4. Is it a good idea to get an internship this summer before quitting for a full-time position?

Oct 9 If you have an answer to only one or a few of these issues and not the others, please consider posting it.

  • 2
    In any decision, it is always best to be honest - tell the truth tactfully though.
    – user7130
    Commented Oct 9, 2013 at 9:14
  • 1
    my chances of getting a job Job in academia or industry?
    – Nobody
    Commented Oct 9, 2013 at 10:38
  • @UV-D Thank you. This is what this question is about: How to tell the truth tactfully.
    – user8922
    Commented Oct 10, 2013 at 2:11
  • @scaaahu industry
    – user8922
    Commented Oct 10, 2013 at 2:11

3 Answers 3


Honesty is the best policy. It means you should not lie. It does not mean you must say everything about yourself on your resume. For example, you do not need to say where you attended high school on the resume. If you do not have PhD, do not say you have it. If you have MSc, say you have it. You do not need to say you were doing PhD unless they ask you that question.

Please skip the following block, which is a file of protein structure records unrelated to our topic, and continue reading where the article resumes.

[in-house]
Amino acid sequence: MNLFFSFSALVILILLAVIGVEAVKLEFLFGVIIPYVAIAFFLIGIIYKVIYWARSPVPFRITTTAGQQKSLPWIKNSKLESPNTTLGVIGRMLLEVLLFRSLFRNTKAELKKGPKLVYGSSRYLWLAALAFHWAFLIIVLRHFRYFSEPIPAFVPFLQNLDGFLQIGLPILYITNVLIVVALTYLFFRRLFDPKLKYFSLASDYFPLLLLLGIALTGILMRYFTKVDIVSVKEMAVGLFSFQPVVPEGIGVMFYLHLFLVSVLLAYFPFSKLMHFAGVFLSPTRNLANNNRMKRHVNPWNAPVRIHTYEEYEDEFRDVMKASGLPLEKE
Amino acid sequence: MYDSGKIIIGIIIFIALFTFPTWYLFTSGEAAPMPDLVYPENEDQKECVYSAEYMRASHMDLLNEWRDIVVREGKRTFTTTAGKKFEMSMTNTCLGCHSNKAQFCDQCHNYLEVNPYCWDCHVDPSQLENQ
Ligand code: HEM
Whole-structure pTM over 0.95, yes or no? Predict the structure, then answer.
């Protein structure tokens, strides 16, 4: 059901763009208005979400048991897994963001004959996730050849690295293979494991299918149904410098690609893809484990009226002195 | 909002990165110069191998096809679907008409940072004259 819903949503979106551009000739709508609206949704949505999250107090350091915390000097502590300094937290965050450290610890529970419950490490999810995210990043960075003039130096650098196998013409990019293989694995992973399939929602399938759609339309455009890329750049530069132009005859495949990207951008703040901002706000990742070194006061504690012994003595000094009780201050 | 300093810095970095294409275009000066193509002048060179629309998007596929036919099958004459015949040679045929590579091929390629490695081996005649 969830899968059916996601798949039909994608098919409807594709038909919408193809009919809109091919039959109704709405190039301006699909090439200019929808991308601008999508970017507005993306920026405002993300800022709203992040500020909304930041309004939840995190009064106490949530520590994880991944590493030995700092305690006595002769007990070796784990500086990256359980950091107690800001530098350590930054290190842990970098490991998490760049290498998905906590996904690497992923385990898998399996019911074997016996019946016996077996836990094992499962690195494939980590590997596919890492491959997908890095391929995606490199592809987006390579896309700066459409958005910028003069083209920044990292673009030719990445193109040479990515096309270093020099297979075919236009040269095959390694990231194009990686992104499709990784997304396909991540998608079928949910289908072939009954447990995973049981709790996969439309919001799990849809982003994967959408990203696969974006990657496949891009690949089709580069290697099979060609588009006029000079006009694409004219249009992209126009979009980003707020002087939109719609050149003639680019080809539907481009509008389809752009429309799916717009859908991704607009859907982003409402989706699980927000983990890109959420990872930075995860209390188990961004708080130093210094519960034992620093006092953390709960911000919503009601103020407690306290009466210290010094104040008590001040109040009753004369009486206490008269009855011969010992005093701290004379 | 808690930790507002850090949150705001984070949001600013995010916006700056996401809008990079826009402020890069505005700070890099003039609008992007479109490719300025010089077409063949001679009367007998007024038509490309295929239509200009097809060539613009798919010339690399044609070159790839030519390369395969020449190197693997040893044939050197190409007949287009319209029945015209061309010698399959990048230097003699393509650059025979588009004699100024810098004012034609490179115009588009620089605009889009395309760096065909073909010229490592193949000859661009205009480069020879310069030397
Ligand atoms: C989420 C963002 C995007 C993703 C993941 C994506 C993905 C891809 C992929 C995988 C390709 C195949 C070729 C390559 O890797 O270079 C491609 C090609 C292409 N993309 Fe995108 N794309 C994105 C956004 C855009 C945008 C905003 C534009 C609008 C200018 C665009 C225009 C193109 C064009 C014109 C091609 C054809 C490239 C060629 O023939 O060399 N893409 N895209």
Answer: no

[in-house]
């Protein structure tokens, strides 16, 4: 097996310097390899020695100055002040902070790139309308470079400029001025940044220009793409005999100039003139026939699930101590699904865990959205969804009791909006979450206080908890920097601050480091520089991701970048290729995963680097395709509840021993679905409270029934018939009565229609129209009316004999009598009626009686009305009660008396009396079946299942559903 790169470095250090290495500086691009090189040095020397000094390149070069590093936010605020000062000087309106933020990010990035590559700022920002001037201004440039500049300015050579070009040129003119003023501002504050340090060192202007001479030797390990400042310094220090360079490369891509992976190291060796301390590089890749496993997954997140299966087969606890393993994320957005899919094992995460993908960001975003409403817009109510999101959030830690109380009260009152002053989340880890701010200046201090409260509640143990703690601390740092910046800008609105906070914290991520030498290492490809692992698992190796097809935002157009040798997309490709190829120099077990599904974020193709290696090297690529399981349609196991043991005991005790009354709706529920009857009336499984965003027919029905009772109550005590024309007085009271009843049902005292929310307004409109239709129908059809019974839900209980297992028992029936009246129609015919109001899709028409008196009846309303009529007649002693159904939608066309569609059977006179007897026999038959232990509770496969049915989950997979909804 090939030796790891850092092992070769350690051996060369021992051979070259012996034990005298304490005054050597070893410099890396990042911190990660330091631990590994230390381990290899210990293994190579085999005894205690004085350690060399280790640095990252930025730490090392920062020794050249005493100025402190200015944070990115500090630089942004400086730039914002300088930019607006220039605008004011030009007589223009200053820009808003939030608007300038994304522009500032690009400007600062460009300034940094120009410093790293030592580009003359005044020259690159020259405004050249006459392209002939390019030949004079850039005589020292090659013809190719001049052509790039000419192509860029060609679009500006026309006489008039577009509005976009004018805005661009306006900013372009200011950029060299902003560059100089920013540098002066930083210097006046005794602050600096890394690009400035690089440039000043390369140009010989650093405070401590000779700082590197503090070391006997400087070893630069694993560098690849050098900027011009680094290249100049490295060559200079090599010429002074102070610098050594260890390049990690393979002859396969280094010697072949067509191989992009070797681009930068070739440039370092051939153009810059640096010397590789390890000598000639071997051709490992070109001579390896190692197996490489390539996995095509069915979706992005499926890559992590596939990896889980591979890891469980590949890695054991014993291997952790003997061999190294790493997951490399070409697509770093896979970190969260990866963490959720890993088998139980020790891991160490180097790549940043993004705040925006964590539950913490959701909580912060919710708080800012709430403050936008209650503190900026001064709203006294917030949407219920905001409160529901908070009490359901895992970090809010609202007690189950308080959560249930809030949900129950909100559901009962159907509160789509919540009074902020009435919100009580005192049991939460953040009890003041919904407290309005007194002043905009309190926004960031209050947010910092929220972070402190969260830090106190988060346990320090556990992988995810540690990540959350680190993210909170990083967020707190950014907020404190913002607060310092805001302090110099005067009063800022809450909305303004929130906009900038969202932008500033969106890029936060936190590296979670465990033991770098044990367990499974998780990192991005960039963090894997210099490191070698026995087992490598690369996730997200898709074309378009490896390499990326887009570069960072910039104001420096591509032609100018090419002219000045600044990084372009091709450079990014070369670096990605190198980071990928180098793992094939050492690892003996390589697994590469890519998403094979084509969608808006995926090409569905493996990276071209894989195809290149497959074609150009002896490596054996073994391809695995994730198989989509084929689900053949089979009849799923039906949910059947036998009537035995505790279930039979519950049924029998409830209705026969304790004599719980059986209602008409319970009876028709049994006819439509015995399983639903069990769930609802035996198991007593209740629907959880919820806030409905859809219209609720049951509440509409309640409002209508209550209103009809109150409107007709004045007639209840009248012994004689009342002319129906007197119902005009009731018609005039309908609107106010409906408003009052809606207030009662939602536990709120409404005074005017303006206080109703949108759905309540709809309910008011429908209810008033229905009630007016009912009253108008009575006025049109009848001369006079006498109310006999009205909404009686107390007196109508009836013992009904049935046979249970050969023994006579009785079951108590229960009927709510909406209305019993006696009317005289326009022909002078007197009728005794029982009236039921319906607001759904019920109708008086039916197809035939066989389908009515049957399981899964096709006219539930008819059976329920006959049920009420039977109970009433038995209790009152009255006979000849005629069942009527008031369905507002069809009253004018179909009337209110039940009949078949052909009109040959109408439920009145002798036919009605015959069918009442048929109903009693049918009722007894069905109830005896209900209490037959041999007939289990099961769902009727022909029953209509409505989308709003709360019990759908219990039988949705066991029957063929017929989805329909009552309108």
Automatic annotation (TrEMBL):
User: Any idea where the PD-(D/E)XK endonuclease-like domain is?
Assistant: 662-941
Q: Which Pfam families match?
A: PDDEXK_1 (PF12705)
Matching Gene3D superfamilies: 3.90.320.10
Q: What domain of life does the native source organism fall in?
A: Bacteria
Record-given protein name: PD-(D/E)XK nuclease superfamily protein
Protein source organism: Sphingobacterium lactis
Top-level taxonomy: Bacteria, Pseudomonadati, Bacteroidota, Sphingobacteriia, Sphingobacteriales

If and when they ask you whether you were doing PhD, you should tell the truth with brief explanation why you did not get it. This will hurt your chance getting an academic job. Most industry people would not care that much. They are more concerned with your ability to make money. However, you probably will not get an industry job if PhD is part of job requirement.(Some companies do want PhD only)

You need to ask the international student office at your school or immigration office to see the requirement for F-1 visa. They are the authority to answer that question. We are not.

Internship is always helpful. You gain experience which you can put on the resume.

  • When you're applying for a job, you typically do that before you get your degree (MSc/PhD) and on your resume you put the degree you're currently doing. My question is should I put MSc/PhD during this uncertain period?